Hungarians have voted in high numbers in a closely-watched election that has been billed as a test for the country and Europe.
Voting officially ended at 7pm (17:00 GMT) on Sunday, but numerous polling stations remained open to accommodate long lines of people waiting to cast their ballots to elect representatives in the country’s 199-seat parliament.
Figures from Hungary’s National Election Office half an hour before polls closed showed that 68.13 per cent of 7.9 million eligible voters had cast their ballots by 6:30pm (16:30 GMT).
The figure was higher than the final turnout of 61.73 per cent in the last election in 2014, which gave Prime Minister Viktor Orban, of the right-wing Fidesz party, a landslide victory.
Opposition leaders hope a large turnout improves their chances against Orban, who is seeking his third consecutive term and fourth overall since 1998.
Opinion polls have consistently put Orban and Fidesz 20 or more points clear of their nearest rivals, Jobbik, a far-right party that has been moving towards the centre, and the centre-left Socialists.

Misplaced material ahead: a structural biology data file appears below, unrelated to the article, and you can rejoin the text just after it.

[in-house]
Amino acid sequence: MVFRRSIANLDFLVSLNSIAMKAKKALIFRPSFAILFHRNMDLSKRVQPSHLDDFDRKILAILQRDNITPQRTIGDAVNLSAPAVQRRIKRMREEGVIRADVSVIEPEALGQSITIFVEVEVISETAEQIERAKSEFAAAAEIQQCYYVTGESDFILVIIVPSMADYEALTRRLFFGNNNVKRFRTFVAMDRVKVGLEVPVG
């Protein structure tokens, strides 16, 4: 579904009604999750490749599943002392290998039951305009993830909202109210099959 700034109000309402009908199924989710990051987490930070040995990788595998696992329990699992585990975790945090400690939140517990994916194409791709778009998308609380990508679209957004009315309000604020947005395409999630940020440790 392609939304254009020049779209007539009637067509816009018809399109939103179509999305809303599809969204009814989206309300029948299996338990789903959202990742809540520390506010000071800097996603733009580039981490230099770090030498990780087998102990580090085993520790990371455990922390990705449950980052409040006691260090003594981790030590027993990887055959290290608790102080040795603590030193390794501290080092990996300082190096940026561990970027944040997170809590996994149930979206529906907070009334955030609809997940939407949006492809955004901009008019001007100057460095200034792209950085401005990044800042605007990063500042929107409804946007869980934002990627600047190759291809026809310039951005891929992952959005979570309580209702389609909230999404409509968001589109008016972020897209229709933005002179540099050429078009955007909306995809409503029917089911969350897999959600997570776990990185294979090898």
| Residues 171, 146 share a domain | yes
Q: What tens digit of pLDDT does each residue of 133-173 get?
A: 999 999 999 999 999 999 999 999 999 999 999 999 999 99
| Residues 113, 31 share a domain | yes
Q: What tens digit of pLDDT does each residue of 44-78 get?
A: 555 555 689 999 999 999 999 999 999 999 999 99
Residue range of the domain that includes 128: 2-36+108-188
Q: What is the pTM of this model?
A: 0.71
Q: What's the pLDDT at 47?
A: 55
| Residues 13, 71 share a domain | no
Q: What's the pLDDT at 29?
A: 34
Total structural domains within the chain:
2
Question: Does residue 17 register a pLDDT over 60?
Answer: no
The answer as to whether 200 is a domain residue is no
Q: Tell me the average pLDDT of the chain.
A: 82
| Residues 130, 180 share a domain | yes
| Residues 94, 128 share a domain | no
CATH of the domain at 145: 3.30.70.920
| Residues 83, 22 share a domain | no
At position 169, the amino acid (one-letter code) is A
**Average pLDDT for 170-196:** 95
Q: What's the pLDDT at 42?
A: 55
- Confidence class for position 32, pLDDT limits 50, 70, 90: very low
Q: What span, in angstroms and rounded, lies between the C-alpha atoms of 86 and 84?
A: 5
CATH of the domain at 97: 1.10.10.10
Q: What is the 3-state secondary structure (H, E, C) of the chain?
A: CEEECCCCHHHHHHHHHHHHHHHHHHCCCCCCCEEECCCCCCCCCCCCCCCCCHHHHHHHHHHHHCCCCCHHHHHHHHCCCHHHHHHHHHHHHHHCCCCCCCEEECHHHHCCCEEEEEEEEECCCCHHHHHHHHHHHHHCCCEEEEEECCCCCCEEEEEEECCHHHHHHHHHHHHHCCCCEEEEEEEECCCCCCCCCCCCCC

Preliminary results are expected after 11pm (21:00 GMT).
With far-right and populist parties making gains in a spate of recent European elections, including in Italy and Austria, analysts have speculated that Orban’s anti-migrant and “illiberal” policies could have long-lasting implications for the European Union (EU).
“I think this will be the most frenzied elections Hungary has had [since the fall of communism in 1989],” Bulcsu Hunyadi, a senior analyst at the Political Capital Institute think-tank, told Al Jazeera.
In advance of the vote, the prime minister had called on voters to “save Hungary”.
Orban’s campaign has focused largely on issues like migration and George Soros, the Hungarian American billionaire and philanthropist who Fidesz accuses of encouraging refugees to flood the central European country.